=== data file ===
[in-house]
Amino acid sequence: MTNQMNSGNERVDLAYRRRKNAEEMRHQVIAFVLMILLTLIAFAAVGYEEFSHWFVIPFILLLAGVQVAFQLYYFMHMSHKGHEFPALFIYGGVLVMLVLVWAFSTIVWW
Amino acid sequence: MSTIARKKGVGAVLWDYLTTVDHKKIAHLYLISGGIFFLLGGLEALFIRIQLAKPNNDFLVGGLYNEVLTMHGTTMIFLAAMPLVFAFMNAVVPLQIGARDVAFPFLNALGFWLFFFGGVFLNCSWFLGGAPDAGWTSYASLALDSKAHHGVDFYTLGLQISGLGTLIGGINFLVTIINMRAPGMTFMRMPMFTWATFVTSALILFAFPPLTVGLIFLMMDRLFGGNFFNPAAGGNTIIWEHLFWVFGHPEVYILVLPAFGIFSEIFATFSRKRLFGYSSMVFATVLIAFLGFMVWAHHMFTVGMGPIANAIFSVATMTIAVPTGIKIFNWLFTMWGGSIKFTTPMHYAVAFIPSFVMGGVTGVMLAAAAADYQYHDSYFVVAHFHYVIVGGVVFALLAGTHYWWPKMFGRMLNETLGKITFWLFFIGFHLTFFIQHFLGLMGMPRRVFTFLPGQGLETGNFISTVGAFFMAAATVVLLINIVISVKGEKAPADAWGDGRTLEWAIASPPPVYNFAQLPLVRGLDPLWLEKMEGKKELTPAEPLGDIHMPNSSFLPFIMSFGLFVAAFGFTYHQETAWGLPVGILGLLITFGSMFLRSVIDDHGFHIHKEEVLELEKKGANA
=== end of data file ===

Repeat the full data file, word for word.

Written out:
[in-house]
Amino acid sequence: MTNQMNSGNERVDLAYRRRKNAEEMRHQVIAFVLMILLTLIAFAAVGYEEFSHWFVIPFILLLAGVQVAFQLYYFMHMSHKGHEFPALFIYGGVLVMLVLVWAFSTIVWW
Amino acid sequence: MSTIARKKGVGAVLWDYLTTVDHKKIAHLYLISGGIFFLLGGLEALFIRIQLAKPNNDFLVGGLYNEVLTMHGTTMIFLAAMPLVFAFMNAVVPLQIGARDVAFPFLNALGFWLFFFGGVFLNCSWFLGGAPDAGWTSYASLALDSKAHHGVDFYTLGLQISGLGTLIGGINFLVTIINMRAPGMTFMRMPMFTWATFVTSALILFAFPPLTVGLIFLMMDRLFGGNFFNPAAGGNTIIWEHLFWVFGHPEVYILVLPAFGIFSEIFATFSRKRLFGYSSMVFATVLIAFLGFMVWAHHMFTVGMGPIANAIFSVATMTIAVPTGIKIFNWLFTMWGGSIKFTTPMHYAVAFIPSFVMGGVTGVMLAAAAADYQYHDSYFVVAHFHYVIVGGVVFALLAGTHYWWPKMFGRMLNETLGKITFWLFFIGFHLTFFIQHFLGLMGMPRRVFTFLPGQGLETGNFISTVGAFFMAAATVVLLINIVISVKGEKAPADAWGDGRTLEWAIASPPPVYNFAQLPLVRGLDPLWLEKMEGKKELTPAEPLGDIHMPNSSFLPFIMSFGLFVAAFGFTYHQETAWGLPVGILGLLITFGSMFLRSVIDDHGFHIHKEEVLELEKKGANA